As 50 per cent of the total range of motion of the neck occurs through occiput-C2 level, stable fixation remains key to successful fusion in OCF procedures.67,68 Complete screw systems have been proven biomechanically over wire fixation methods.69-70 C1 wire fixation to the construct significantly increased the construct's stability. Pedicle screws have an advantage over transarticular screws in that the laminae are not required for fixation, hence can be used after posterior decompression.62
Occipital fixation has evolved from traditional wire fixation to screw fixation.27,69 Central screw positioning, just below the superior nuchal line, has been shown to be the thickest and safest region.1,71-73 Bicortical screws have 50% greater pullout strength than unicortical screws or occipital wires, with pullout strength directly related to the skull bone thickness, and no significant difference between cortical and cancellous screw types.74-75 Lateral and midline occipital bicortical screw fixation, using modern rodscrew systems, show similar biomechanical properties.76 Inside-out techniques for occipital screw fixation show biomechanical but not clinical superiority over traditional outside-in methods.71,77-79
More recently C1 lateral mass-C2 pedicle screw combinations have been found to be superior to the C1-2 transarticular method.80-81 Translaminar screws have been reported to be a safe alternative.82 They reduce risk to the vertebral arteries and are recommended for patients with high riding vertebral arteries or small pedicles.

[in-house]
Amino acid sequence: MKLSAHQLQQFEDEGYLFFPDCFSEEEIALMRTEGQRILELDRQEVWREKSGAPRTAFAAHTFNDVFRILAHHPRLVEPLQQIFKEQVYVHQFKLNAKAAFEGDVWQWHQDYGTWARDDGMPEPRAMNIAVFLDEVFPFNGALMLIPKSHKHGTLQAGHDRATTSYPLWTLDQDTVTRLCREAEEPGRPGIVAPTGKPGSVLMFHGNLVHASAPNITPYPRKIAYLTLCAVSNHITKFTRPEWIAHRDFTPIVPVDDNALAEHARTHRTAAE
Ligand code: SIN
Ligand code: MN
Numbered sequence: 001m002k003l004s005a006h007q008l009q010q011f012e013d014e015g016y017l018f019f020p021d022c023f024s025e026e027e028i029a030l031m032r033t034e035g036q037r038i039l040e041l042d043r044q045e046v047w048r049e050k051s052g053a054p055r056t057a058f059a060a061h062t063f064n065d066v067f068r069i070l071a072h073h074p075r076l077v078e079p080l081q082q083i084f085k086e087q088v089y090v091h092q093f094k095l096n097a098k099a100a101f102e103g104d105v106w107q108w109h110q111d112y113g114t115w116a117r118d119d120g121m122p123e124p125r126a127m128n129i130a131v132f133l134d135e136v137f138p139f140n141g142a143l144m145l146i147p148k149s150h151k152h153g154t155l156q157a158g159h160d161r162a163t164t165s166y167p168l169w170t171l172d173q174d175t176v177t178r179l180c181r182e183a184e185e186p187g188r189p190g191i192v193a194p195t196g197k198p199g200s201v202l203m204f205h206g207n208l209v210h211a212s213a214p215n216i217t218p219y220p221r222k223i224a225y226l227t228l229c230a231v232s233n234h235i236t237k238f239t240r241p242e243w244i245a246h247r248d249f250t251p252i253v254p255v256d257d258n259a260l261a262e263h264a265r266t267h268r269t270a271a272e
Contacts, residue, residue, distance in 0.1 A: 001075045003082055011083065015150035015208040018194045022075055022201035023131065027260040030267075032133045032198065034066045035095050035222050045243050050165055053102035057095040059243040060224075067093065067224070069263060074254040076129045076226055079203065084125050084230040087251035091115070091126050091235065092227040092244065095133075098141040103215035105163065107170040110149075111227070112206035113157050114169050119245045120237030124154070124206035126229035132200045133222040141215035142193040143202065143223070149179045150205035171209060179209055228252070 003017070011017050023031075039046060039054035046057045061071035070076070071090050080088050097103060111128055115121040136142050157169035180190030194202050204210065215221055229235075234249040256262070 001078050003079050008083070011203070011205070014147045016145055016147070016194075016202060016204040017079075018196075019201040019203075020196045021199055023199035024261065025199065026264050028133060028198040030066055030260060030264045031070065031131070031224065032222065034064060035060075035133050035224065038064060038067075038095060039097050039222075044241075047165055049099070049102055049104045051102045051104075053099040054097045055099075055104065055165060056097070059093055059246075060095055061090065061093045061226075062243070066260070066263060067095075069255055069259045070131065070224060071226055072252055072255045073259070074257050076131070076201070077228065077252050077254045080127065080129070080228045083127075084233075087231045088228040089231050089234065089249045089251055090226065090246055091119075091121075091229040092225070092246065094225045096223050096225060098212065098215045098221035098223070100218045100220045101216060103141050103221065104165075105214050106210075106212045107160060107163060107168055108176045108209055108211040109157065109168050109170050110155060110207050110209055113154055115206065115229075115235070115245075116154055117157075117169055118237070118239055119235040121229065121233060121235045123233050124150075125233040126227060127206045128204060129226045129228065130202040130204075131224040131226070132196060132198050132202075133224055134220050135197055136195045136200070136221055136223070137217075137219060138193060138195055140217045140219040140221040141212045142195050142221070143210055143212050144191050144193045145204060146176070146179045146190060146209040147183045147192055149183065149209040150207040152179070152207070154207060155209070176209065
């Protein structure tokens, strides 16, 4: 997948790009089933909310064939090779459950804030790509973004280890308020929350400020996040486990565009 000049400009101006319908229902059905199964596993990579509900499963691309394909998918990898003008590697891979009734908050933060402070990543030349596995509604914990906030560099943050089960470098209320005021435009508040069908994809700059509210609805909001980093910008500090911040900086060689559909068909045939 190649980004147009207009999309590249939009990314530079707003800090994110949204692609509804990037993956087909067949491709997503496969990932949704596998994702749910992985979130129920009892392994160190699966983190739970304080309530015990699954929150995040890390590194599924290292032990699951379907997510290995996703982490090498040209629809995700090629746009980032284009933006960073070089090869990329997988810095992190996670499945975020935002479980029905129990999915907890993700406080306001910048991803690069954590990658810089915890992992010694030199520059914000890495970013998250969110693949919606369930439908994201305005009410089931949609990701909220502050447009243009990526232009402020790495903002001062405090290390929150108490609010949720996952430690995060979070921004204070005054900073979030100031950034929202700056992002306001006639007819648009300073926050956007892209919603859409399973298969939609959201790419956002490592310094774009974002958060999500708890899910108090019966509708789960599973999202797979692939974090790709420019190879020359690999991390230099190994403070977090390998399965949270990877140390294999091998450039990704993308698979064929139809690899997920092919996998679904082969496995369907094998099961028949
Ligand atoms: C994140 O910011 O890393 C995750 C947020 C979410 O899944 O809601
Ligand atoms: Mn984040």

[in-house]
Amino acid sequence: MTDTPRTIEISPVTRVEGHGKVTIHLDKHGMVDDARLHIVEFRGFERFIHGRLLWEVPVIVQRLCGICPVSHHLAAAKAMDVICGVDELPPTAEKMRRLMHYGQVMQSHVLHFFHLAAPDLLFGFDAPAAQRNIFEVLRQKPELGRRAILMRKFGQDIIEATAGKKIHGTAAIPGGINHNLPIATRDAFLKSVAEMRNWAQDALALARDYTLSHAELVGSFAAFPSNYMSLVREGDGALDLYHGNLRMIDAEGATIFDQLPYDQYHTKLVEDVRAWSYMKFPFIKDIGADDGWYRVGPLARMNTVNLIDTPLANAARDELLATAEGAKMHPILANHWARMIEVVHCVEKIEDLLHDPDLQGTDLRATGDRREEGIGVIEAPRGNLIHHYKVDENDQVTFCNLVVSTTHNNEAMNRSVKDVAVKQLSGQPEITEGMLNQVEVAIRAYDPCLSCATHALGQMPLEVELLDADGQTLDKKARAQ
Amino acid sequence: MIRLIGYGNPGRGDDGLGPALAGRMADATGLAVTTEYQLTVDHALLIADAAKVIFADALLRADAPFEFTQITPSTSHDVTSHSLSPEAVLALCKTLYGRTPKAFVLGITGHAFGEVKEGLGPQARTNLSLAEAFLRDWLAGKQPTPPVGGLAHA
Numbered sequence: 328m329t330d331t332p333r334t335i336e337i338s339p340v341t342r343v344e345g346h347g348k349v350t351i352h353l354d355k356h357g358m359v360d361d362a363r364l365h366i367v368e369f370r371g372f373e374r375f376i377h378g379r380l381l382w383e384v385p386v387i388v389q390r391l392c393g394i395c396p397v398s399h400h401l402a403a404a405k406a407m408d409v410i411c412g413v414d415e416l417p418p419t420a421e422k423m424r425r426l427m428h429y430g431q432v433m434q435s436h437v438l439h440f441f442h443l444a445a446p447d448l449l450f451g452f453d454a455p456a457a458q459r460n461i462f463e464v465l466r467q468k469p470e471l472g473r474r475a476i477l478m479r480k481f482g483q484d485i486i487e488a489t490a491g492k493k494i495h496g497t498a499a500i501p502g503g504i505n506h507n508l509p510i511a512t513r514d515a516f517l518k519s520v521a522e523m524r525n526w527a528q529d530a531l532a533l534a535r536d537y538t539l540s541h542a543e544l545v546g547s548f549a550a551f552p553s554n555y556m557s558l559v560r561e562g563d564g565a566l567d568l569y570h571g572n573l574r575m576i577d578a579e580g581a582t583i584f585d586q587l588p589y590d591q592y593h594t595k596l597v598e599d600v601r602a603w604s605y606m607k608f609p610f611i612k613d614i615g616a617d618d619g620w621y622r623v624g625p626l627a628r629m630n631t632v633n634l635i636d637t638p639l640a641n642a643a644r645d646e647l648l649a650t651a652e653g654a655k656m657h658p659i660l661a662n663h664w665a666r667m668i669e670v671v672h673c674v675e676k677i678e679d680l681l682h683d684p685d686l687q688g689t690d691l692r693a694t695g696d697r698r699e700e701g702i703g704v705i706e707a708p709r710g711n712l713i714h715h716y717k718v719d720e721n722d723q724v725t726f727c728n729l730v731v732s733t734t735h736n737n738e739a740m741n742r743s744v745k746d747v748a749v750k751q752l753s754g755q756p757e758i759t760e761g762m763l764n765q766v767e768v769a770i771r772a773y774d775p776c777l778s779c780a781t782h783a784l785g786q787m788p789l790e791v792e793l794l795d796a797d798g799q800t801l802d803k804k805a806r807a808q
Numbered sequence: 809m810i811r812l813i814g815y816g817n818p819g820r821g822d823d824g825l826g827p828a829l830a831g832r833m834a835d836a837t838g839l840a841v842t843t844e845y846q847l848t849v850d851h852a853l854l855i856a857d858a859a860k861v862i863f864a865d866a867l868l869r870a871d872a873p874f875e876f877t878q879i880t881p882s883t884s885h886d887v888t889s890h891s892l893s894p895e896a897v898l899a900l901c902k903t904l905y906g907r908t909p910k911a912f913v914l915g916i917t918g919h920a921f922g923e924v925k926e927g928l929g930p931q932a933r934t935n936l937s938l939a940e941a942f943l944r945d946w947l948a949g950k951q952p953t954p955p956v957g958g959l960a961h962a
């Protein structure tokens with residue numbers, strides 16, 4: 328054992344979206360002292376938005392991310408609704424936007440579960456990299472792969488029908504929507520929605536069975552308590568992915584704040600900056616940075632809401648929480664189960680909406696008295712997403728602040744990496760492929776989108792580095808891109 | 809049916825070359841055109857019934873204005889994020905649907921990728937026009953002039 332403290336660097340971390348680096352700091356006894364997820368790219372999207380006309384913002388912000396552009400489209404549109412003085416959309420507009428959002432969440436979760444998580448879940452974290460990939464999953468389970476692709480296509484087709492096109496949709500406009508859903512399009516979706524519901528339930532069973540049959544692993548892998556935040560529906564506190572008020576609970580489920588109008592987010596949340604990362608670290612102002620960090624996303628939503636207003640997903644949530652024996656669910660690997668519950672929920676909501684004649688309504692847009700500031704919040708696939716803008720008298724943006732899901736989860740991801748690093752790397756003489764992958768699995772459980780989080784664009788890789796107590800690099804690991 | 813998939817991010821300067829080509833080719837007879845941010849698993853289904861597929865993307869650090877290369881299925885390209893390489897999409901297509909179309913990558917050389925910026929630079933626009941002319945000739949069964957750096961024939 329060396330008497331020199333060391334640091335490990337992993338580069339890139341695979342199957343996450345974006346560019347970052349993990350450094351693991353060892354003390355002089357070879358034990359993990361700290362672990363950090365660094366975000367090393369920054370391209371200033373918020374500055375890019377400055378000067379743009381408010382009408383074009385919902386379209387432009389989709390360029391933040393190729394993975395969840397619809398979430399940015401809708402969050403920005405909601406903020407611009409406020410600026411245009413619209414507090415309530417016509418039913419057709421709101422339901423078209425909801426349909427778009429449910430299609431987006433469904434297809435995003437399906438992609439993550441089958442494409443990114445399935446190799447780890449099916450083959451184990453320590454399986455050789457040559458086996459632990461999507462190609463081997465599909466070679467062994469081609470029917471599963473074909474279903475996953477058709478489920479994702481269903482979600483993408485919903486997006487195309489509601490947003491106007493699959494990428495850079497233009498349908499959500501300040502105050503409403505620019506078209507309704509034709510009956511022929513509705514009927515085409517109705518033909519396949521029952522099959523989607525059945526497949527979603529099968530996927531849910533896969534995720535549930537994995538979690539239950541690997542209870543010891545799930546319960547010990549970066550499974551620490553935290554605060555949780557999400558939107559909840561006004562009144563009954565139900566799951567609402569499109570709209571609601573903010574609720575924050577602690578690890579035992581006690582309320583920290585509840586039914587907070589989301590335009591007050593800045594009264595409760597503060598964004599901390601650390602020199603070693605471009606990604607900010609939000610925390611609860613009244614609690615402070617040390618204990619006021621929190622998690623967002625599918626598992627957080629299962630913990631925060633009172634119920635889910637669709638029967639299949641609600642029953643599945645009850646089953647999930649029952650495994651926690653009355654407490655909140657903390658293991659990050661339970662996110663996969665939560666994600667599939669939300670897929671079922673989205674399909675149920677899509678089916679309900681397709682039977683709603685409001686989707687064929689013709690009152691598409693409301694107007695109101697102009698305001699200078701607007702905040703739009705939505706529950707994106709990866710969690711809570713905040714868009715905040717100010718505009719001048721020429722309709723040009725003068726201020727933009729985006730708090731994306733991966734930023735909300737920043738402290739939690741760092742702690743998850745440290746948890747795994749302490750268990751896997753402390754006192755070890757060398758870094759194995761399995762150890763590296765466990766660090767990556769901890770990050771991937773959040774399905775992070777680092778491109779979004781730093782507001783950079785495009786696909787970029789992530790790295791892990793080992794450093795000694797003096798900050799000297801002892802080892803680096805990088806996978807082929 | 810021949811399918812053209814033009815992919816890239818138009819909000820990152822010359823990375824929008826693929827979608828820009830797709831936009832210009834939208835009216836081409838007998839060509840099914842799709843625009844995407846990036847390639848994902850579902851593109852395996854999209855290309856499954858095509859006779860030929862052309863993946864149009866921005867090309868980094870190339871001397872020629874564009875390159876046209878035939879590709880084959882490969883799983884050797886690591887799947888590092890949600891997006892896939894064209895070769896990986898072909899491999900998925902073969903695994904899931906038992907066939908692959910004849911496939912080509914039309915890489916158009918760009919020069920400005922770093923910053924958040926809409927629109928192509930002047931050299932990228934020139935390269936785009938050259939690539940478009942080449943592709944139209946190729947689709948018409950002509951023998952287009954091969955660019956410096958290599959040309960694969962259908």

OCF, whether rigid instrumented fusion or onlay bone grating and halo immobilisation, remains a successful, safe and reliable procedure for the stabilisation of the OC junction for a variety of indications. It achieves stability and a marked improvement in pre-operative pain and neurology.
The on-lay fusion with halo immobilisation remains a good option in the paediatric group who experience rapid fusion and tolerate the halo well. In adults the advantage of rigid fixation obviating prolonged immobilisation makes it a valuable option. Modular instrumentation allows individualisation of fixation techniques to minimise risk and maximise stability, based on patient-specific anatomy. C2 screws provide excellent cervical purchase, but the surgeon should be capable of multiple techniques as this option is not possible in all individuals.
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Prof RN Dunn
No benefits were received by any of the authors from a commercial party related directly or indirectly to the subject of this article.